Wednesday, December 26, 2012

More Christmas Art

Ai Weiwei

Cornelia Parker

Martin Creed

David Hockney

Urs Fischer

Cory Arcangel

Susan Hiller

Sunday, December 23, 2012

Drawing Surrealism at LACMA

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The inclusion of drawing-based projects by contemporary artists Alexandra Grant, Mark Licari, and Stas Orlovski, conceived specifically for the exhibition, aims to elucidate the diverse and enduring vestiges of surrealist drawing.

Tacita Dean's Christmas Tree


Tacita Dean:
When I was asked to do the Christmas tree, to be honest, it was a rather instantaneous idea.  I live in Berlin, and the one thing that is very striking about how the Germans behave with Christmas is that it’s very understated, and still rather beautiful.  It’s a hell of a palaver lighting them, so we decided to bring in the performative aspect of it, so it would just be lit at dusk every day from now until when the Tate closes before Christmas.

For me it’s not a nostalgic thing, this Christmas tree, it’s just actually making something that’s just so simple and very beautiful.  Because there is nothing more beautiful than a candle, really, like there’s nothing more beautiful than an open fire.  And so in our research to try and find out about how you attach the candles, they use these weights to keep them upright.  I found images of these from Victorian Christmas trees, and the weights in fact became the baubles that we use today.  Also, the funny thing about that was trying to find something for the top of the tree.  But in the end, because I called it Weihnachtsbaum, which means Christmas tree in German, that we should just use the very simple kind of Christmas tree top, as they call it.

The candles were made by a wax chandler in Brighton called Michael Marchant, handmade, each one, in traditional beeswax, because the paraffin wax ones are what we are all used to, the white ones, but the beeswax were the original material.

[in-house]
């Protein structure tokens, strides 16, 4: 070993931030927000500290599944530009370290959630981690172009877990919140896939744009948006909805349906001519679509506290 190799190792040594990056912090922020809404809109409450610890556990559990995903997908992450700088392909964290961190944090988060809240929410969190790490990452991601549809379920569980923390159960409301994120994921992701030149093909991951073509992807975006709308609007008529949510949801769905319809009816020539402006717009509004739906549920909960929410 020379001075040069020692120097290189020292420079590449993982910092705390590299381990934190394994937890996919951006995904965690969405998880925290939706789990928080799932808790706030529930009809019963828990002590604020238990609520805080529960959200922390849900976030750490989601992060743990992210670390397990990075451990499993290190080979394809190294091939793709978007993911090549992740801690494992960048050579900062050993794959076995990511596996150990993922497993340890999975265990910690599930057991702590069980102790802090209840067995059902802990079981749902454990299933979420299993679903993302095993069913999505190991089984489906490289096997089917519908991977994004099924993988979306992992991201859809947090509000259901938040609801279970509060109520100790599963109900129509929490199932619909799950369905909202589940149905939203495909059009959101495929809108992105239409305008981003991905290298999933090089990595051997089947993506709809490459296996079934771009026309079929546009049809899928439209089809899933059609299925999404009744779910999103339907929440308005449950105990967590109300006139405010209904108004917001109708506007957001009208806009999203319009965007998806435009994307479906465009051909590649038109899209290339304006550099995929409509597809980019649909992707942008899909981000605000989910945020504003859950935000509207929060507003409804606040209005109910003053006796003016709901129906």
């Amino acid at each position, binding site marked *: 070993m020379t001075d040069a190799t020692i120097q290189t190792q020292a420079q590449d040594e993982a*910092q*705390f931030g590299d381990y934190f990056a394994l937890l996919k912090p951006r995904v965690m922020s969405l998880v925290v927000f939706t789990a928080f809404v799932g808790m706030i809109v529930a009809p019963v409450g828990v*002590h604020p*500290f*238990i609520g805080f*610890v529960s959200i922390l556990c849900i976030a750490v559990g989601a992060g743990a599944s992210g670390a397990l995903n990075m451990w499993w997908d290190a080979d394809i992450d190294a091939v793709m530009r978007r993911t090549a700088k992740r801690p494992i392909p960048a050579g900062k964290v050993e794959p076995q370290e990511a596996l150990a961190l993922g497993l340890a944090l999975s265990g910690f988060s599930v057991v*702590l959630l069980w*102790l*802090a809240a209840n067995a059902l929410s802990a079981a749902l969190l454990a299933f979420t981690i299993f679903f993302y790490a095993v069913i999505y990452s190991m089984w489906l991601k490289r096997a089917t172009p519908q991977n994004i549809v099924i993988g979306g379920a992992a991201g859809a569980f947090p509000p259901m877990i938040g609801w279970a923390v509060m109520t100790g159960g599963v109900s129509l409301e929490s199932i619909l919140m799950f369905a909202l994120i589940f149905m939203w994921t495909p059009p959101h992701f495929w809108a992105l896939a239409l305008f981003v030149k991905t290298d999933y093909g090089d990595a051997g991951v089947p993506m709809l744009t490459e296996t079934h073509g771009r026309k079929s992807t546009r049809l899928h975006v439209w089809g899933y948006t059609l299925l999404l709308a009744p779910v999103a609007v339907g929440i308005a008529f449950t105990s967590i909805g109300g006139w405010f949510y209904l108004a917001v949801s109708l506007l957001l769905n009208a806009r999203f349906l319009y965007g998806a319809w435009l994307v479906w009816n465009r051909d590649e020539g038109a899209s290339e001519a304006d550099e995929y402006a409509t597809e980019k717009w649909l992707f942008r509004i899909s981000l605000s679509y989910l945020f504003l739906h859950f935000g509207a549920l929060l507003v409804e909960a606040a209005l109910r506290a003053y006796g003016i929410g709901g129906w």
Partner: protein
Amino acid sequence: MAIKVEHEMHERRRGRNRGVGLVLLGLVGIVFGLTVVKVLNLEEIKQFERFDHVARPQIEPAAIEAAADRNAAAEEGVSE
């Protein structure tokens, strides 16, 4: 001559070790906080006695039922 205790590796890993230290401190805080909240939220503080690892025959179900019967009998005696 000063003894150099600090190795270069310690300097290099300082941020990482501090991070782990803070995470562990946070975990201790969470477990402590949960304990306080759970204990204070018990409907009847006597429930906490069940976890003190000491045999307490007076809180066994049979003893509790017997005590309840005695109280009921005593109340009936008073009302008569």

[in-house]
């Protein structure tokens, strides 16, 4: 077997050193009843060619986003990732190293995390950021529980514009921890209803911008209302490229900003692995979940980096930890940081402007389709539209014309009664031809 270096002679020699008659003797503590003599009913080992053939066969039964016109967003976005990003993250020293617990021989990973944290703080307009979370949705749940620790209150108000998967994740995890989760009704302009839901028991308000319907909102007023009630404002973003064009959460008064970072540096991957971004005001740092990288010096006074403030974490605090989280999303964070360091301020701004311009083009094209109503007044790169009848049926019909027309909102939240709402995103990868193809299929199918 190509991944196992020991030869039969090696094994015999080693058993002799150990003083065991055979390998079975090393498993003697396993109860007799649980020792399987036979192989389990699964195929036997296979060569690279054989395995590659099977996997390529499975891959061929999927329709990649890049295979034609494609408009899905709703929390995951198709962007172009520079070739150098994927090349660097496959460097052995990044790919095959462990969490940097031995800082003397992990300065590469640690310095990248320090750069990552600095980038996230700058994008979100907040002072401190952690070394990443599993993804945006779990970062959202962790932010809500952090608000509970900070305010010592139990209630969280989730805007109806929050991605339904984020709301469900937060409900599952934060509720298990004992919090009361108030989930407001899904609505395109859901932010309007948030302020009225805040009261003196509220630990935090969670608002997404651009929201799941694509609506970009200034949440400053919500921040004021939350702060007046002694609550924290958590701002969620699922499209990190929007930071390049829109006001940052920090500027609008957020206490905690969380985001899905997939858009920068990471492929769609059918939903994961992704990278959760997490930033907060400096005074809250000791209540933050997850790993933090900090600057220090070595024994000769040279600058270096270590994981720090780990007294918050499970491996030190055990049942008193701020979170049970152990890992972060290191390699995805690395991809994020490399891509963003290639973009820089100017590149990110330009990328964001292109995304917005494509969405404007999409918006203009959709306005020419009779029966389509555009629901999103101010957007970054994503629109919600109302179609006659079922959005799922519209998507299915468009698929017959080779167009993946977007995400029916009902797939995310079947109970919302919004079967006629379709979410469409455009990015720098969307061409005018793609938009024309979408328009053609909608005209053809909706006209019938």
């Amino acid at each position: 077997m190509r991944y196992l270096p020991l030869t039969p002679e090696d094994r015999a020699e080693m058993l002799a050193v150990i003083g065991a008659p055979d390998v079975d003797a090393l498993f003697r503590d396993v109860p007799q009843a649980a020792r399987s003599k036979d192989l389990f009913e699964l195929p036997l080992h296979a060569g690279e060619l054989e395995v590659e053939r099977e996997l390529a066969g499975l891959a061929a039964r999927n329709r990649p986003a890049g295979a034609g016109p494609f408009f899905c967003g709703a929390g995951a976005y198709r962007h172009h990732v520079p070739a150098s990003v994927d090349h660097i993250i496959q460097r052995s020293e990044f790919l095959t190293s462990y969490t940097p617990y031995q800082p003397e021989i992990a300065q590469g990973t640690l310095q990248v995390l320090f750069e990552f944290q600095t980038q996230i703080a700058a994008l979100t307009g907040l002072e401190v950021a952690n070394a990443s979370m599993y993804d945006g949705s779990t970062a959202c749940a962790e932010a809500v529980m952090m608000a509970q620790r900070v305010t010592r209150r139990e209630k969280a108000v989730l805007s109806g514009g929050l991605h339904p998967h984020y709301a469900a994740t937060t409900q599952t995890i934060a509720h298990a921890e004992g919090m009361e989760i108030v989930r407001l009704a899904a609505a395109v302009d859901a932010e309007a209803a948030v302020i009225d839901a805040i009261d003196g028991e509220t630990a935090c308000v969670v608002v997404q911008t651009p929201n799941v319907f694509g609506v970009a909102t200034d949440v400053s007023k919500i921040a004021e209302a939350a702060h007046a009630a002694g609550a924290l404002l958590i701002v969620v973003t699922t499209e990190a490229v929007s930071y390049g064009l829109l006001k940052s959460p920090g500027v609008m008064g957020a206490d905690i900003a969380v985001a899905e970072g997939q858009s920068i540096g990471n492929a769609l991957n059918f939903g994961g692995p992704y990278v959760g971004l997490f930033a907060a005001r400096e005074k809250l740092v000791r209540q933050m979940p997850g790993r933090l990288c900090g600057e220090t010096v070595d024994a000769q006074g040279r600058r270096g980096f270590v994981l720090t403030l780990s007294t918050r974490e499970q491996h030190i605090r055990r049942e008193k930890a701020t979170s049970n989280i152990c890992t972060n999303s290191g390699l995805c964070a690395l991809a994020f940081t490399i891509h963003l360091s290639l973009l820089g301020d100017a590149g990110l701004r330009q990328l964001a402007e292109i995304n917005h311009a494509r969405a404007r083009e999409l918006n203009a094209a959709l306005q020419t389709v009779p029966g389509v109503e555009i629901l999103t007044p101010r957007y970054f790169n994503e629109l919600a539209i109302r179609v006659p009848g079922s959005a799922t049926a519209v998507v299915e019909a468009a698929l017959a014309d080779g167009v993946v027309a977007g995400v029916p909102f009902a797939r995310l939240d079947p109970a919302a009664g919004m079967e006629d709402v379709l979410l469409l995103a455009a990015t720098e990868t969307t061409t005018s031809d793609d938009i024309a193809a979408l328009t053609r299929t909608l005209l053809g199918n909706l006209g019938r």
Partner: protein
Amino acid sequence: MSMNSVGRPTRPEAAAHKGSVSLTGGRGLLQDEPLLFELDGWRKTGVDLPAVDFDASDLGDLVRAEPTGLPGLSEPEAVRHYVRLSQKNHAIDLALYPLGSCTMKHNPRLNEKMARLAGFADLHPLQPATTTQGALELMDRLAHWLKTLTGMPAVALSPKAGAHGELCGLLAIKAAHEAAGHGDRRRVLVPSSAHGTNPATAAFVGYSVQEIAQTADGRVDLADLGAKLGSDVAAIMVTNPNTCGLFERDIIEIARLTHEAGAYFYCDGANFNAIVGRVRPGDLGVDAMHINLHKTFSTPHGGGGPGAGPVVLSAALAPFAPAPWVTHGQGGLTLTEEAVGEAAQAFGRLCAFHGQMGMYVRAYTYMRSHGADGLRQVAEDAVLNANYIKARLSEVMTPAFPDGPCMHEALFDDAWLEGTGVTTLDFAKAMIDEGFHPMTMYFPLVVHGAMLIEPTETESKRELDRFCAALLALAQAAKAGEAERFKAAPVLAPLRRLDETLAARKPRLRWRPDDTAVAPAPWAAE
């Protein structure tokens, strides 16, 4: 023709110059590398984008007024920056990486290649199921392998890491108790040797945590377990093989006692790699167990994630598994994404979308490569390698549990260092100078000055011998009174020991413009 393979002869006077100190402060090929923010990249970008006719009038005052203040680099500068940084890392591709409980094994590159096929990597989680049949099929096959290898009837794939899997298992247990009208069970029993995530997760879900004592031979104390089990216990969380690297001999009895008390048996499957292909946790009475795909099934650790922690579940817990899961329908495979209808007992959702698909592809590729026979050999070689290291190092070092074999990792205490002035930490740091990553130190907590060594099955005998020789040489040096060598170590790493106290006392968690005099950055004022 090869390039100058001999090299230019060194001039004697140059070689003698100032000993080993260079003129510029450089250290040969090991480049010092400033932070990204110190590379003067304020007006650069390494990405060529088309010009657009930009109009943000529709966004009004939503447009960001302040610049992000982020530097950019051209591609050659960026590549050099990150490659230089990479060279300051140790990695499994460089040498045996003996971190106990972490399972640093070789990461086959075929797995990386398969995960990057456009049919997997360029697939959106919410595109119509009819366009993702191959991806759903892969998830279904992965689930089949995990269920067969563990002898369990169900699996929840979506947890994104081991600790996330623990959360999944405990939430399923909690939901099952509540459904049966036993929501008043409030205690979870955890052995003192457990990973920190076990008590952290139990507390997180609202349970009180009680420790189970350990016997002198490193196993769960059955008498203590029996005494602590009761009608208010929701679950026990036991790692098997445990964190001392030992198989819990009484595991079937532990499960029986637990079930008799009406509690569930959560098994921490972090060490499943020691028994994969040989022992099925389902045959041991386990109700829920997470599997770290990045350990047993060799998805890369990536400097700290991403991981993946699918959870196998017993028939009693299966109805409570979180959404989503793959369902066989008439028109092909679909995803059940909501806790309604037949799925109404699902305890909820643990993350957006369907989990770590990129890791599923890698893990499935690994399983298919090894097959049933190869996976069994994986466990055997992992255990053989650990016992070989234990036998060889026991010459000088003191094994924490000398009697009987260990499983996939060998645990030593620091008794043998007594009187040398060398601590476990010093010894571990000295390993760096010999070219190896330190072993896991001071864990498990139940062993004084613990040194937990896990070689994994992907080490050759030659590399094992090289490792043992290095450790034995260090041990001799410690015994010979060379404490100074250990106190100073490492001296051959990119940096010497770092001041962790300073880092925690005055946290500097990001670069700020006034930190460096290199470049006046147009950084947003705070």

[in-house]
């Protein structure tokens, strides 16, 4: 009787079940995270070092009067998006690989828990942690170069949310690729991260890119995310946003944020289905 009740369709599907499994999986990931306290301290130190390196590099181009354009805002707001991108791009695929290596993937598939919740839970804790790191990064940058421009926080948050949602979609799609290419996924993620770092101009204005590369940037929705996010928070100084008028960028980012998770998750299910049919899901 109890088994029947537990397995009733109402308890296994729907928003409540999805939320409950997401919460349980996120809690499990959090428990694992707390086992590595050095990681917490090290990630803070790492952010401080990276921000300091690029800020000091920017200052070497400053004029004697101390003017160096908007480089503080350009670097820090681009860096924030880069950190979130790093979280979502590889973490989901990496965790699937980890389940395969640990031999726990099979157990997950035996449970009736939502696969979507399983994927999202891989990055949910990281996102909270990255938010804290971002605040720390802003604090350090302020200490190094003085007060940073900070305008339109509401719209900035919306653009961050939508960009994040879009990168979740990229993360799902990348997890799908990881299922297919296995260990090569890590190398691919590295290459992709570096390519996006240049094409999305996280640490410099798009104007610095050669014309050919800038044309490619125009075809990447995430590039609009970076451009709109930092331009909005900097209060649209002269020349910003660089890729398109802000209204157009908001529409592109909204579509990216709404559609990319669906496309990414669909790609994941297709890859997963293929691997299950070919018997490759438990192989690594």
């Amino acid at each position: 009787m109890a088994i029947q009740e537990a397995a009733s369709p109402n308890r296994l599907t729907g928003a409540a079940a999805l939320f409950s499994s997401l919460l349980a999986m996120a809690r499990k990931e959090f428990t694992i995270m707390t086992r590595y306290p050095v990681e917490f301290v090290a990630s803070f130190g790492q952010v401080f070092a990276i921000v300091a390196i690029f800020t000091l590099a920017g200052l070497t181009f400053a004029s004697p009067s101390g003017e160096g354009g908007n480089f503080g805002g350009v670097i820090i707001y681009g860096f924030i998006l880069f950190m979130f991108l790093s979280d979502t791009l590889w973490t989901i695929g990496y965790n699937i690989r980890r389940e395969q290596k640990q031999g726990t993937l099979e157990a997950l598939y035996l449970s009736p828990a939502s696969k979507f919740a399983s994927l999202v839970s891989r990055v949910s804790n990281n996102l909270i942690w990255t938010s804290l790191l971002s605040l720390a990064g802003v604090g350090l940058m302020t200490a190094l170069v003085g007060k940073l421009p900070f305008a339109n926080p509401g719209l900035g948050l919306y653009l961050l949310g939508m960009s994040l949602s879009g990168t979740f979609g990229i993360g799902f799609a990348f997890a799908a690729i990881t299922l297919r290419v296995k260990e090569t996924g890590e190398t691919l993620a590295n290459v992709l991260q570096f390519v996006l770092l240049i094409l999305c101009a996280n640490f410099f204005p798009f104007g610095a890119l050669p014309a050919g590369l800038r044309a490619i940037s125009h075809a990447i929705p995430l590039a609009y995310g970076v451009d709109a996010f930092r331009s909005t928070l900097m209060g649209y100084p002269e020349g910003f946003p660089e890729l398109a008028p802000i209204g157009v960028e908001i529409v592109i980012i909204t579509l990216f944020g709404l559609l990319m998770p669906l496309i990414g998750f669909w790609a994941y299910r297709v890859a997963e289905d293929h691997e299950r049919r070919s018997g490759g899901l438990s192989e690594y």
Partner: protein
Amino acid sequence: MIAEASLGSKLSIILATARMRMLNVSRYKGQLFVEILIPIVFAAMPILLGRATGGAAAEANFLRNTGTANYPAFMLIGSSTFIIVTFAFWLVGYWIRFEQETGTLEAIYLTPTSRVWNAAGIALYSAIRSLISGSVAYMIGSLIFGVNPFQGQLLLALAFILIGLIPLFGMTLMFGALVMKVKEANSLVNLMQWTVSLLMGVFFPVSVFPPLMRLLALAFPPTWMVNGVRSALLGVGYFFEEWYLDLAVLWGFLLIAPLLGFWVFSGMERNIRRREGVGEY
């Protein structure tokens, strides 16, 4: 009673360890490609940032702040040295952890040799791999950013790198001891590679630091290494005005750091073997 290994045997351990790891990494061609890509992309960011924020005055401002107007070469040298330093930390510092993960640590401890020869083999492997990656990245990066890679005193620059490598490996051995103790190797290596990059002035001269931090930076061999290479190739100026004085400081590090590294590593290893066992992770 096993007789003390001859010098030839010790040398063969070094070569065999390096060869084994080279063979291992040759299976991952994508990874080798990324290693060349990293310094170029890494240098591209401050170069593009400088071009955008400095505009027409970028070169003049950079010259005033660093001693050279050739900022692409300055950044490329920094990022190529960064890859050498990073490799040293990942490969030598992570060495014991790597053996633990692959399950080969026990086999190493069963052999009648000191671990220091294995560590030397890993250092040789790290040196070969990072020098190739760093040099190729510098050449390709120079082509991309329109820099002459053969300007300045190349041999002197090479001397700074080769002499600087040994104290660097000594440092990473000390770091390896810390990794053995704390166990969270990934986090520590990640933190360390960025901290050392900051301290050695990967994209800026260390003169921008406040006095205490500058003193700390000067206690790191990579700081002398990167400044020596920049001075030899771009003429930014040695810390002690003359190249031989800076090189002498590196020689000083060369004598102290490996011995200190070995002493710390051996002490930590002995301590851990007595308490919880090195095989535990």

Michael Marchant:
My name is Michael Marchant, and I’m a wax chandler, a maker of medieval candles, as they were made 400 years ago.  And the product is a hundred per cent beeswax, and they burn with a golden light and they don’t drip.  And I use my own filtering technique that goes back 400 years.  I don’t use beeswax that is washed through water.  It contains the honey and pollen within the product, so that’s why it’s a hundred per cent natural, and produces the most beautiful aroma.  It’s astonishing.  I never realised that it would be such a brilliant idea to start with, from the artist – it’s fantastic.  And everyone involved has been absolutely amazing, to get it organised.

Tacita Dean:
Well, what is so nice about this tree is that it’s a domestic scale tree, almost.  So it’s in proportion to the candles.  Usually the trees are bigger in that space, so this is a smaller, more intimate situation.  And I was afraid that the scale was going to make it look a bit like Spinal Tap, but actually it works very beautifully – it actually works very well.  It’s proportionally quite beautiful in that space.  But mind you, I should say, please don’t try this at home!  I don’t want to be the cause of domestic fires all over Britain this year.

Saturday, December 22, 2012

Merry Christmas and Happy New Year!!